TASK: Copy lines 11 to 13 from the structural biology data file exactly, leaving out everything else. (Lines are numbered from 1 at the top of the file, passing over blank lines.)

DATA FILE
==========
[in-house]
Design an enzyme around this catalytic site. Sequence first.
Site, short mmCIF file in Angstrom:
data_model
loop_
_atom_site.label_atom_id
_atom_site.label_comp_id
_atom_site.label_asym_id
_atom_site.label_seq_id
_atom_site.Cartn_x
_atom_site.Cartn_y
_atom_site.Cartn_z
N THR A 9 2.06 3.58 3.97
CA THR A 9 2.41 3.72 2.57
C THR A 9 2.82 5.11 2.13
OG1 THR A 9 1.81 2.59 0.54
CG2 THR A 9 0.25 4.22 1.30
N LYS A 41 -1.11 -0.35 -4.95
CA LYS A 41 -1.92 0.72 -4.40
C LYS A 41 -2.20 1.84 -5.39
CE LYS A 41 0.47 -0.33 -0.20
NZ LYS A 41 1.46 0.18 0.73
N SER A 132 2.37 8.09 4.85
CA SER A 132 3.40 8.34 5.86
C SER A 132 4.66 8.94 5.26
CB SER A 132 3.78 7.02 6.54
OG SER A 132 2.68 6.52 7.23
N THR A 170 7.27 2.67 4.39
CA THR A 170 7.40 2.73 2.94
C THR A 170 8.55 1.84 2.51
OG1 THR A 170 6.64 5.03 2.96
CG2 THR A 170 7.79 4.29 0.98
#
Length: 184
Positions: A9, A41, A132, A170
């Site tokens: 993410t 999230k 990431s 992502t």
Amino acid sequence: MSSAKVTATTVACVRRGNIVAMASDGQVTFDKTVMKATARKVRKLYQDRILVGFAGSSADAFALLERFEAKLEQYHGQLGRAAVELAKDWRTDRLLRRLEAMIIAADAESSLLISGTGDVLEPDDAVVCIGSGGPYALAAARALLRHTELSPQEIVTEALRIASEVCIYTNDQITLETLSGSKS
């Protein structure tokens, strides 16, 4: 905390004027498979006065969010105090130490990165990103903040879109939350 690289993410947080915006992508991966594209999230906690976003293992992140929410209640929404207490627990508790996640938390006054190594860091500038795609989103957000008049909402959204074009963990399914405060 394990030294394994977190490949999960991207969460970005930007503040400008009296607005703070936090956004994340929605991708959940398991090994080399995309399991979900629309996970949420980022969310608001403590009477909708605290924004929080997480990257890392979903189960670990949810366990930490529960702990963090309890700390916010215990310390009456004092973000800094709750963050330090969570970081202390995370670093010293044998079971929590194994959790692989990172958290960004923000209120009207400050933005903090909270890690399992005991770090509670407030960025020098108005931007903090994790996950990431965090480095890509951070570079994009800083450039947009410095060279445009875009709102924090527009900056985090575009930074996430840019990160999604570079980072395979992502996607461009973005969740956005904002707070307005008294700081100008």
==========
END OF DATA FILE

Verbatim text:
_atom_site.Cartn_y
_atom_site.Cartn_z
N THR A 9 2.06 3.58 3.97